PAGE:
eric alterman

MusicWatch Weekly: for the children

Music inspired by children lead this week's Oregon concert lineup

The Christmas season celebrates a child’s birth and delights kids all over the world. But there’s little comfort and joy for many children today. Even before little Alan Kurdi’s body washed up on that Turkish beach three years ago, children were bearing the brunt of the Syrian refugee crisis and so many other catastrophes. Fear No Music’s “All of the Future: In Celebration of Children” features chamber music on subjects especially significant to children, including gun violence (Larry Bell’s Newtown Variations, responding to the 2013 massacre), homophobia (Pulitzer Prize winner David Del Tredici’s Matthew Shepard), migration (Mary Kouyoumdjian’s A Boy And A Makeshift Toy, inspired by the 1990s Bosnian conflict), bullying (Barbara White’s Registering My Oppositions) and, yes, the plight of refugees crossing the Mediterranean (Nadir Vassena’s child lost at sea). The young musicians of Portland’s BRAVO Youth Orchestras contribute a collective compositional response to the new ICE crackdown on immigrants.
Monday. The Old Church, 1422 SW 11th Ave. Portland.

Portland Gay Men’s Chorus’s annual holiday concert happens this weekend.

• Like so many parents today, jazz pianist Ezra Weiss, the father of two young sons, worries about the turn the world has taken recently and what it means for his children’s future. And as one of Portland’s most esteemed jazz composers and arrangers, Weiss channeled those concerns when he created his latest and one of his most ambitious compositions. This concert, a fundraiser for the Cathedral Park Jazz Festival, features the premiere and live recording of Weiss’s new jazz suite We Limit Not the Truth of God, featuring many of the city’s top players (John Nastos, John Savage, Renato Caranto, Stan Bock, Alan Jones, Carlton Jackson, Thomas Barber and more, plus the Camas High School Choir. This new creation follows a string of successes, including his score for Portland Jazz Composers Ensemble’s multimedia concert and recording earlier this year, From Maxville To Vanport; three original musicals for Northwest Children’s Theater; three ASCAP Young Jazz Composer Award, half a dozen CDs, and a host of arrangements and compositions for various Portland jazz veterans. But fair warning: although inspired by concern for children, some of the themes in Weiss’s new composition may not be appropriate for all of them. Such is the state of our world.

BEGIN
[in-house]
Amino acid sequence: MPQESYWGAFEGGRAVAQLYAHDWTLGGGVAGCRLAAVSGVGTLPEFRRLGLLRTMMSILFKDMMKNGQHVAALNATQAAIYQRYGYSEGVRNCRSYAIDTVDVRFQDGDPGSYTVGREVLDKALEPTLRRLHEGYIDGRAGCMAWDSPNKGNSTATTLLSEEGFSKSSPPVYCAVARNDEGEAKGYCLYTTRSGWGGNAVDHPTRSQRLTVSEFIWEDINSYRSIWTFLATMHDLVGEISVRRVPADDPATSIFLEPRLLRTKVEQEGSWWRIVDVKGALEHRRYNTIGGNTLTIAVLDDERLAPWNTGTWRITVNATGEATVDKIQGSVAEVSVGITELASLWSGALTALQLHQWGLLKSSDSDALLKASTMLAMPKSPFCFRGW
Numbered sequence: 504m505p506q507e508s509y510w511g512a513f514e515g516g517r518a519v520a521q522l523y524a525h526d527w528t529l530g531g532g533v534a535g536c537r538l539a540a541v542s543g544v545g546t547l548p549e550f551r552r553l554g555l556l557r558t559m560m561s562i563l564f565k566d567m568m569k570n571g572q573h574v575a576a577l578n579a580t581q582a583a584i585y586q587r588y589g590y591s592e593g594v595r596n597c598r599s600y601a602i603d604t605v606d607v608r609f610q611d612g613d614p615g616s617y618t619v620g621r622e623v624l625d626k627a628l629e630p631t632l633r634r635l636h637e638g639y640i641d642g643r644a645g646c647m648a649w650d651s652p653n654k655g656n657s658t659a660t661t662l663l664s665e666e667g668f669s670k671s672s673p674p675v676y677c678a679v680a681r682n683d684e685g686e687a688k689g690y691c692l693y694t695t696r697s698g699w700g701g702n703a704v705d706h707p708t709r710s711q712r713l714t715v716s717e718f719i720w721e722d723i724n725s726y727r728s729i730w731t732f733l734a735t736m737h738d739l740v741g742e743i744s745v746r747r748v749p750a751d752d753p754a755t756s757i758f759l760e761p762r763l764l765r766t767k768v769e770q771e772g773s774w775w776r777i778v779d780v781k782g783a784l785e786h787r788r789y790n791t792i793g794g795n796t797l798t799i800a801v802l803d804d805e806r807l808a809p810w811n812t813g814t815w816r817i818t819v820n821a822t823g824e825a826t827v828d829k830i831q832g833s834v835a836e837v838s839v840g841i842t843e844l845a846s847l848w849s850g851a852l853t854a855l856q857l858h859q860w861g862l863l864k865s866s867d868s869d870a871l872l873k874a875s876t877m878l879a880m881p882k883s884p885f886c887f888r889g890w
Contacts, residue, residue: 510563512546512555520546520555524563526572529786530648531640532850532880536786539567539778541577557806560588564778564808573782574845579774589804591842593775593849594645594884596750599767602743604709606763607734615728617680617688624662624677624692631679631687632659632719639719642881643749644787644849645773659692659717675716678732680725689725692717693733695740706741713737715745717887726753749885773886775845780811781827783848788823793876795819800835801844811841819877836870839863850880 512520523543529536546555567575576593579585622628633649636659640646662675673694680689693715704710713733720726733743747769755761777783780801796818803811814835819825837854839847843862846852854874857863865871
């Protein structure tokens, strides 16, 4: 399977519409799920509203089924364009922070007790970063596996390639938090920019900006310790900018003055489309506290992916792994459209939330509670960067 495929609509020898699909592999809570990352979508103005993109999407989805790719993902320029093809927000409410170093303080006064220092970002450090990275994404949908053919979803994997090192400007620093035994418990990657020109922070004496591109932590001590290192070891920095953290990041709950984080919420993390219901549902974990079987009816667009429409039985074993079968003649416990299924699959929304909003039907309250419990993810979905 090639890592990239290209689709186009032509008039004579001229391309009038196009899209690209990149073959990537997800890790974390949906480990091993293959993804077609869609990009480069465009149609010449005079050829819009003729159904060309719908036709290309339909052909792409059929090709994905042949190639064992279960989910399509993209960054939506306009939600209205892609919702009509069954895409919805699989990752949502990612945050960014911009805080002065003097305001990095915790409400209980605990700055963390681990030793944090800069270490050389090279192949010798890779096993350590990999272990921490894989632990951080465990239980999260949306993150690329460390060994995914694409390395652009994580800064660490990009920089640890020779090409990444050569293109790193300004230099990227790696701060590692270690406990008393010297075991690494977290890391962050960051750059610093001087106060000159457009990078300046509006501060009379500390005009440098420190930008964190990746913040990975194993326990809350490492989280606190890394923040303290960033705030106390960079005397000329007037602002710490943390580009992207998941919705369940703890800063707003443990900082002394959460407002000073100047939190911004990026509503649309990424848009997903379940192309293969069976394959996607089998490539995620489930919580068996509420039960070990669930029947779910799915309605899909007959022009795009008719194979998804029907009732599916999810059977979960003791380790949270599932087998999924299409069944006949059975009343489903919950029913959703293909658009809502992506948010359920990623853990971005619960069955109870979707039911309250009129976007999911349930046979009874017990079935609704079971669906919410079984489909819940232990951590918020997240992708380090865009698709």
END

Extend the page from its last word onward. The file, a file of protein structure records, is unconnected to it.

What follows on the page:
Saturday. Alberta Abbey, Portland.

• The impressive Portland composer Renée Favand-See dedicated her new solo piano work Growing to her first son Owen, and suggests that its premiere performance would be a good one for adults and kids. It’s part of award winning rising star pianist Zhenni Li’s free, one-hour, no intermission recital presented by Portland Piano International, which commissioned it. Along with Growing (based on Britten’s folk song arrangement “The trees they grow so high,” which will be sung by Arwen Myers in Portland), the recital includes music by Beethoven, Bortkiewicz, and Mussorgsky’s Pictures of an Exhibition.
Friday, St. Paul’s Episcopal, 1444 Liberty Street SE, Salem, and Saturday, Portland Piano Company, 8700 NE Columbia Blvd, Portland.

Choral Concerts

• Children from ORS’s own youth choirs and student choristers from local middle and high schools join in some selections in Oregon Repertory Singers’ Glory of Christmas concert, annually one of the best bets of the holiday music season. The 20th and 21st century program includes excerpts from contemporary Norwegian composer Ola Gjeilo’s Northern Lights and Benjamin Britten’s enchanting Ceremony of Carols, Beaverton native Morten Lauridsen’s moving O Magnum Mysterium, Portland composer Naomi LaViolette’s Angel in the Snow, contemporary Estonian composer Arvo Pärt’s Bogoroditse Devo and Magnificat, contemporary Latvian composer Eriks Esenvalds’s Stars, Franz Biebl’s perennial Ave Maria, and more.
Friday (tickets available) & Sunday (sold out, call ahead), First United Methodist Church, 1838 SW Jefferson St, Portland.

Oregon Repertory Singers perform at Portland’s First United Methodist Church.

• Some of the same composers and even compositions appear on Choral Arts Ensemble of Portland’s CAE Yuletide: To Friends Old & New this weekend. The choir teams up with composers from our own time and place to perform new Northwest seasonal works created by members of Cascadia Composers, plus old favorites by other renowned contemporary choral composers (Gjeilo, Lauridsen, Stephen Chatman, Pärt), new works by rising young composers (Jake Runestad, Joshua Shank, Martin Åsander) and classics by Mozart, Britten, Ralph Vaughan Williams, Tavener, Elgar, and more. Portland composer Lisa Neher’s Three Basho Haiku includes ”harvest moon,” which conjures the image of a large, orange moon rising in the autumn sky; “first winter rain,” which likens the ending of the year with the waning of life, prompting the search for the comfort of companionship and “this fragrance,” which relates the experience of a particular scent awakening emotions and memories. Bill Whitley‘s Ecclesia is a tribute to the great Portland architect Pietro Beluschi. Read ArtsWatch’s interview with CAE artistic director David De Lyser.
Saturday night and Sunday afternoon. St. Philip Neri Catholic Church, 2408 SE 16th Ave. Portland.

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